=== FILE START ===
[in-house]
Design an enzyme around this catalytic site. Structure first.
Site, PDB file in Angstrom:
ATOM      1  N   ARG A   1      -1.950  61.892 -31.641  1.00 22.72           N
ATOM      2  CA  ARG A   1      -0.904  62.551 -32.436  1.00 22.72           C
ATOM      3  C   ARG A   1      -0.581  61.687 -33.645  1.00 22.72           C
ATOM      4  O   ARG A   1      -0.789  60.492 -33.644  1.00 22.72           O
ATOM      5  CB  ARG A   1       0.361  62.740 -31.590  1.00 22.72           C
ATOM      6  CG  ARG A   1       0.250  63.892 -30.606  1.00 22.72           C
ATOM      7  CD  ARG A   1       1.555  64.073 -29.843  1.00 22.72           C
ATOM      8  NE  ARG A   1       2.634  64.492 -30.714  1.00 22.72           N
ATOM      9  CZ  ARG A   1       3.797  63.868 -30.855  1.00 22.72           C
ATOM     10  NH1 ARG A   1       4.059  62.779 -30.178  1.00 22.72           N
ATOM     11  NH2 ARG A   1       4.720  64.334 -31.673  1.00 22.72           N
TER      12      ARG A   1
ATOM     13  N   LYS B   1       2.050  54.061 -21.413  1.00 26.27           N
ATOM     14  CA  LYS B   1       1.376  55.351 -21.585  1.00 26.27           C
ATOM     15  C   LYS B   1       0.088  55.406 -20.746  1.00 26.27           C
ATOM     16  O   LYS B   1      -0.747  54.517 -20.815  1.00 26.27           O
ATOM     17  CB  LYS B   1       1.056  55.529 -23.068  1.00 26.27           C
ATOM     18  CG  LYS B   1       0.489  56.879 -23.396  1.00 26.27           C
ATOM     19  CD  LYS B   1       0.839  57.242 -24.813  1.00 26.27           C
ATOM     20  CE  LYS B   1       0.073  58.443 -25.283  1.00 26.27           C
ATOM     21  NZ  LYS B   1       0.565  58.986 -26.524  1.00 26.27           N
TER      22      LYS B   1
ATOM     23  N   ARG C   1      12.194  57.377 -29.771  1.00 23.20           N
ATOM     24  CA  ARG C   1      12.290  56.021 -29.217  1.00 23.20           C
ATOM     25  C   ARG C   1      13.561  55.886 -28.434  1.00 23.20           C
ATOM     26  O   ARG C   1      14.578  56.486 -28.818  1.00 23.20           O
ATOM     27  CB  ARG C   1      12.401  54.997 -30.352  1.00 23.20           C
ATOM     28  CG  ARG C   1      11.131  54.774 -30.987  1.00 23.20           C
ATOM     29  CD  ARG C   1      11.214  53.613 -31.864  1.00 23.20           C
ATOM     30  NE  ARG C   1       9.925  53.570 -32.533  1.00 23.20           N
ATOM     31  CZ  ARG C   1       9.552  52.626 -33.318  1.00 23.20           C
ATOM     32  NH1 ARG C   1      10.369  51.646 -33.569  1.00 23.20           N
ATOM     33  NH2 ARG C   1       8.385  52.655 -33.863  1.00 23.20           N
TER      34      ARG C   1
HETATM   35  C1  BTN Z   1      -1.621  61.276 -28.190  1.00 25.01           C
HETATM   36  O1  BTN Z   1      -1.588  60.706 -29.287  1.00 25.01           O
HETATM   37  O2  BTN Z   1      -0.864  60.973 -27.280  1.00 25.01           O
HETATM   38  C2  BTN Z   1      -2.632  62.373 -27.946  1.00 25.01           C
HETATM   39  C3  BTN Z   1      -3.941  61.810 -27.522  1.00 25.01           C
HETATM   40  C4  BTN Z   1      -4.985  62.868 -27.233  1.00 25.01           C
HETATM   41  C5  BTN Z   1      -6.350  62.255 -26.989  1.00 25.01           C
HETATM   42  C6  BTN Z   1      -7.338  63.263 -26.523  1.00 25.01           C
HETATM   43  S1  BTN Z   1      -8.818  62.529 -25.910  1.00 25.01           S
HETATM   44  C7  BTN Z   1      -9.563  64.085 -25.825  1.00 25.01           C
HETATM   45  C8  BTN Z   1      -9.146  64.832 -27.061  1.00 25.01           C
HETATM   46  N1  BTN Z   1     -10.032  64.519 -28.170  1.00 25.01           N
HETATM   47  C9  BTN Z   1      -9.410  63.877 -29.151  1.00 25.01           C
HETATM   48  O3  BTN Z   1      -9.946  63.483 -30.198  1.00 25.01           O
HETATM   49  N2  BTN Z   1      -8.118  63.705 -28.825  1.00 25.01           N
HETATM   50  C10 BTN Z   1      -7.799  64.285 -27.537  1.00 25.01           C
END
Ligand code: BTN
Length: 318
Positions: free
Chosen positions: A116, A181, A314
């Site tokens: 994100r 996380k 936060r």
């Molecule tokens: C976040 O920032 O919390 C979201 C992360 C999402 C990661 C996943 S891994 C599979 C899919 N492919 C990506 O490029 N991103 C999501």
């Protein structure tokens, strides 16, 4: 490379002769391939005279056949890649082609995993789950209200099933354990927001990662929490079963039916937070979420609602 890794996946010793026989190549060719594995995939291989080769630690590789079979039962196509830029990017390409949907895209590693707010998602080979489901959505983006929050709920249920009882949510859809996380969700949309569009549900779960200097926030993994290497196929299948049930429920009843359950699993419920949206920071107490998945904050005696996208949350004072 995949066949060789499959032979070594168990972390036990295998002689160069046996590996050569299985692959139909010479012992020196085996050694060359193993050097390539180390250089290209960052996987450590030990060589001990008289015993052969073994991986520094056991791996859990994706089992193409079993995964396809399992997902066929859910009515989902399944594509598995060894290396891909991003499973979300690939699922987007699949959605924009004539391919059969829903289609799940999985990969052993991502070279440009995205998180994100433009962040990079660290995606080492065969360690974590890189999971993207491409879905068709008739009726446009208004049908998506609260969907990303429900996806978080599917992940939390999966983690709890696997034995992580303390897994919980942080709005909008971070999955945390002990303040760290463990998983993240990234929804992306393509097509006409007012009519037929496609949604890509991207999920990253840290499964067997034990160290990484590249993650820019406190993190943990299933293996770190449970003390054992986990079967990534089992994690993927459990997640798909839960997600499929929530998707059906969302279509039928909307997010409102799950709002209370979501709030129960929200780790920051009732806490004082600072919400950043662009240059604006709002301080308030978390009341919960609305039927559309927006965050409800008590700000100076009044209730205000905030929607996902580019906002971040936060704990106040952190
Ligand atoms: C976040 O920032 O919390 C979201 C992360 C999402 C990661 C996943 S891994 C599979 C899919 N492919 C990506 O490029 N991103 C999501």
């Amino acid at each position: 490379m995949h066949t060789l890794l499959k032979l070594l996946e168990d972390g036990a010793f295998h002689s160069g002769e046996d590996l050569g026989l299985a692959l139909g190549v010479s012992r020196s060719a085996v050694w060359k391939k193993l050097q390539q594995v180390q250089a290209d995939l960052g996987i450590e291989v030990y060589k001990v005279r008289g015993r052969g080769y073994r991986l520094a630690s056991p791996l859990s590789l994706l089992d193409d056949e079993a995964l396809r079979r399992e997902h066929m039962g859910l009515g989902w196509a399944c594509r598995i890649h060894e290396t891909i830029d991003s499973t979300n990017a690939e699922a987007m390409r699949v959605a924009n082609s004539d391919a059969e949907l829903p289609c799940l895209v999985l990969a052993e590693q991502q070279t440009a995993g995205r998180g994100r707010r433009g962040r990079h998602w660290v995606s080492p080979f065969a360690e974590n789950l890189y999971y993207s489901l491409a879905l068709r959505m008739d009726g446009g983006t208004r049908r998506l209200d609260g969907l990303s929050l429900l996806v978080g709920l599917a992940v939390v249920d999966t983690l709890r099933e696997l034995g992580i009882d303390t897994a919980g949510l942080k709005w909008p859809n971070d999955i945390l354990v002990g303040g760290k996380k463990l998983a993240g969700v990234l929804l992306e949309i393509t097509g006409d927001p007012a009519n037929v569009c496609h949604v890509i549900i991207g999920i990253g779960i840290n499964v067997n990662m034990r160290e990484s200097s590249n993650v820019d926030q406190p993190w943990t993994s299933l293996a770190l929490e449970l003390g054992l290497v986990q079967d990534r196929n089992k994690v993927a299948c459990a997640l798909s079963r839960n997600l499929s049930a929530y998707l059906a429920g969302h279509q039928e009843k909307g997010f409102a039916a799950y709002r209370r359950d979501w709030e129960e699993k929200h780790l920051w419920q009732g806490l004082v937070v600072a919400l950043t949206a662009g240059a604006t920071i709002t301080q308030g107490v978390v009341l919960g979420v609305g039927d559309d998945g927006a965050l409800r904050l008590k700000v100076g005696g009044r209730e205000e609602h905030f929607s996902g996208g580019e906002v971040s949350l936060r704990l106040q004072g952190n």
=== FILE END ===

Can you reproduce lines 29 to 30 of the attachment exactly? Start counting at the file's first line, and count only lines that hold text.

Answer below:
ATOM     26  O   ARG C   1      14.578  56.486 -28.818  1.00 23.20           O
ATOM     27  CB  ARG C   1      12.401  54.997 -30.352  1.00 23.20           C